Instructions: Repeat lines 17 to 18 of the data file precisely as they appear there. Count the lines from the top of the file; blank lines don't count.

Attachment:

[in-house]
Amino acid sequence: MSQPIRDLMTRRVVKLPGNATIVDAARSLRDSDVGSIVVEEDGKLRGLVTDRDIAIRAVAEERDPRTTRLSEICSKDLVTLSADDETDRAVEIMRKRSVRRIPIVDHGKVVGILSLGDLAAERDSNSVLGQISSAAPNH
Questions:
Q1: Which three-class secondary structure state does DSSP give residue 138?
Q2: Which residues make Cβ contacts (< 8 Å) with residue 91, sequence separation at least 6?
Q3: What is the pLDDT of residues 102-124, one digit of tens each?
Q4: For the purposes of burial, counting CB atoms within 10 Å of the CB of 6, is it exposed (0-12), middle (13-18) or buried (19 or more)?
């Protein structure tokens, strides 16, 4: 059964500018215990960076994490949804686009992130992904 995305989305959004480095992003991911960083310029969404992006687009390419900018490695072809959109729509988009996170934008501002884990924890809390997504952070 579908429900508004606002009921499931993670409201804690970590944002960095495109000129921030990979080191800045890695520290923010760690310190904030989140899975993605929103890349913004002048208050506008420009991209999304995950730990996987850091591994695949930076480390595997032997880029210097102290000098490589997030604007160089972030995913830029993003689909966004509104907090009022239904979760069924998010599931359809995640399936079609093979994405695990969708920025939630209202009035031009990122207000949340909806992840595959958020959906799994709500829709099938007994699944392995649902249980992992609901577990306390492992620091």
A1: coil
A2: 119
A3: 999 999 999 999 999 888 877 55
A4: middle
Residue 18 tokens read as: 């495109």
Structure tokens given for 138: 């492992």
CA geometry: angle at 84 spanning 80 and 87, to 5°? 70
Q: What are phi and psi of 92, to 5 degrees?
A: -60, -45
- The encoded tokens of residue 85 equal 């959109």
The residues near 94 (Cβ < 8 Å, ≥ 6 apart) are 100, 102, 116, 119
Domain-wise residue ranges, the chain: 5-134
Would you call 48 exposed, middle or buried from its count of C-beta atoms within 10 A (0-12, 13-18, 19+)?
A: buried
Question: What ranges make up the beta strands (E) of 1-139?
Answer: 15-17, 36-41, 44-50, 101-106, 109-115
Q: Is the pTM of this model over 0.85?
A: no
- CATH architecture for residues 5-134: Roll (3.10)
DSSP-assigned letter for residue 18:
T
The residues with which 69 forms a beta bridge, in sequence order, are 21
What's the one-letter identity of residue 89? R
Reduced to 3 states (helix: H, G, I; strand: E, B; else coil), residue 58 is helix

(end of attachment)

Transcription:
A: -60, -45
- The encoded tokens of residue 85 equal 């959109």